On the heels of Canadian Prime Minister Stephen Harper’s visit to the United States, Energy & Environment Program Associate Director Mihaela Carstei joins CTV to discuss the Keystone Pipeline project that would transport tar sands oil from Canada and the northern United States to refineries in the Gulf coast of Texas.
WASHINGTON, May 7 – United Nations Secretary-General Ban Ki-moon tonight escalated the pressure on the international community to stop the violence in Syria, lamenting a “deficit of leadership,” while announcing a new deployment of observers to the country.
“If I were to speak like an economist, I may say we have an over-supply of problems—and a deficit of solutions. A deficit of leadership,” he said, with references to the Arab transitions and the greater test of Syria.
His address to an international audience of nearly 900 former and current US administration officials, members of Congress, heads of state, ambassadors, and leaders of global companies came at the Atlantic Council’s Annual Awards Dinner in Washington, DC, where he was presented with the Council’s Distinguished International Leadership Award.
“The [Syrian] government continues to assault its people. Every day, we see the most appalling images—troops firing in city centers, innocent civilians dying, even children,” said Secretary-General Ban. “We cannot predict how this will end. But we do know there can be no compromise on fundamental principles of justice and human rights, in Syria or elsewhere...” he said.
He announced in his address for the first time that by June the United Nations will deploy its full complement of 300 military observers and approximately 100 civilians. As of today, there are fifty-nine military monitors on the ground, along with roughly the same number of civilian staff. Secretary-General Ban gave a call to action for international leaders to mobilize behind these efforts lead by UN Joint Special Envoy, Kofi Annan as “strenuous partnership is indispensible,” he said.
“Tonight, Secretary-General Ban’s message is clear: the Atlantic community and its global allies must take decisive action against the human rights abuses in Syria,” said Atlantic Council President & CEO Frederick Kempe. “The Arab countries in transition need constructive engagement from the transatlantic community at this historic juncture; we should not stand by as these countries grapple with humanitarian, security, and economic challenges.”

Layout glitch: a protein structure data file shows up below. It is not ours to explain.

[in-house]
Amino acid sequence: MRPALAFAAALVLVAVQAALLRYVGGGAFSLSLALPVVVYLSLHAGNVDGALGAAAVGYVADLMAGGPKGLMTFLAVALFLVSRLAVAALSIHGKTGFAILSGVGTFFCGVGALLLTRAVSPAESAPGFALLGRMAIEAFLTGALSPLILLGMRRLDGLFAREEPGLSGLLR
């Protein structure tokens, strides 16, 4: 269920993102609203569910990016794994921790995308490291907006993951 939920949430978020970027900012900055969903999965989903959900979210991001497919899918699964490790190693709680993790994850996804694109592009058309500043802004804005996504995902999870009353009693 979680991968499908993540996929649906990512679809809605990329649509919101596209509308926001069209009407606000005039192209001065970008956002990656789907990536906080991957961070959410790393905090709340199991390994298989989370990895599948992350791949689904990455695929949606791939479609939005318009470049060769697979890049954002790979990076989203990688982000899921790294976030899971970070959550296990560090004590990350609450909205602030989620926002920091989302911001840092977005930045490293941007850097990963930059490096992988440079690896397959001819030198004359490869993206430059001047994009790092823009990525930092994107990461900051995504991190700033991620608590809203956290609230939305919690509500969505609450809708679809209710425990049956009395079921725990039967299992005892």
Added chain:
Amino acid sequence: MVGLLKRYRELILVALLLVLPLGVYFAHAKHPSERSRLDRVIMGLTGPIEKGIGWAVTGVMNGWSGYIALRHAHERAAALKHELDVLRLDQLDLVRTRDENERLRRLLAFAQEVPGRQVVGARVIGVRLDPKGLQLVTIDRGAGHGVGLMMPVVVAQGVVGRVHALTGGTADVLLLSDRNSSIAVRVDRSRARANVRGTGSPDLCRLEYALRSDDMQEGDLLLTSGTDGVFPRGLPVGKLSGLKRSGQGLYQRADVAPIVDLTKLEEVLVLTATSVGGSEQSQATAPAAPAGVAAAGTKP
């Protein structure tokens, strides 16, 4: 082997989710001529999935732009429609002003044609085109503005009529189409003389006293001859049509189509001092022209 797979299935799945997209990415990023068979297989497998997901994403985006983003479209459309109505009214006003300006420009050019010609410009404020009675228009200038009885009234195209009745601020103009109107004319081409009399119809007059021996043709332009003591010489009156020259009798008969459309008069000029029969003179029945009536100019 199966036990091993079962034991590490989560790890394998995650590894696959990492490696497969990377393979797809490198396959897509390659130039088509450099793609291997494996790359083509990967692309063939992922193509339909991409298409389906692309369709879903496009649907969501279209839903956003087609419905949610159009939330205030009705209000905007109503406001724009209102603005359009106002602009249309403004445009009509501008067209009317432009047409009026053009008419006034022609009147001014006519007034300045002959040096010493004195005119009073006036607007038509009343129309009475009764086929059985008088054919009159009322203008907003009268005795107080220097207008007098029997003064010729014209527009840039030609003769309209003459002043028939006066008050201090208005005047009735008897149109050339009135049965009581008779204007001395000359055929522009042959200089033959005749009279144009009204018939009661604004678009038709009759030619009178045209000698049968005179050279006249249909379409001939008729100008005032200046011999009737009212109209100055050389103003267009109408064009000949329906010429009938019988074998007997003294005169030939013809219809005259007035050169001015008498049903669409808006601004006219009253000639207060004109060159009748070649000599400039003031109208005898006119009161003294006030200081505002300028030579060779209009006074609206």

Secretary-General Ban evoked the name of former Liberian leader Charles Taylor, who was recently found guilty by the UN special court for Sierra Leone of aiding and abetting war crimes, to imply that Syrian President Bashar al-Assad will not be immune to facing justice. “Today I say: no leader, anywhere, should imagine that he—or she—enjoys impunity for crimes of atrocity. Those responsible for such acts—in Syria or elsewhere—must be held accountable by the international community,” he said.
The Atlantic Council’s Annual Awards Dinner brings together leaders from the United States, Europe and around the world to salute the achievements of those who are making a positive difference in the world. This year’s honorees were UN Secretary-General Ban Ki-moon (Distinguished International Leadership), Prince Harry (Distinguished Humanitarian Leadership), Unilever CEO Paul Polman (Distinguished Business Leadership), world renowned violinist Anne-Sophie Mutter (Distinguished Artistic Leadership), and the enlisted men and women of the United States Armed Forces (Distinguished Military Leadership).
For the past half century, the Atlantic Council has been a preeminent, nonpartisan institution devoted to promoting transatlantic cooperation on matters of global concern, including a broad spectrum of modern global challenges ranging from violent extremism to financial instability and from NATO’s future to energy security.
The Atlantic Council promotes constructive US leadership and engagement in international affairs based on the central role of the Atlantic community in meeting the international challenges of the 21st century. For more information, visit us online at www.acus.org.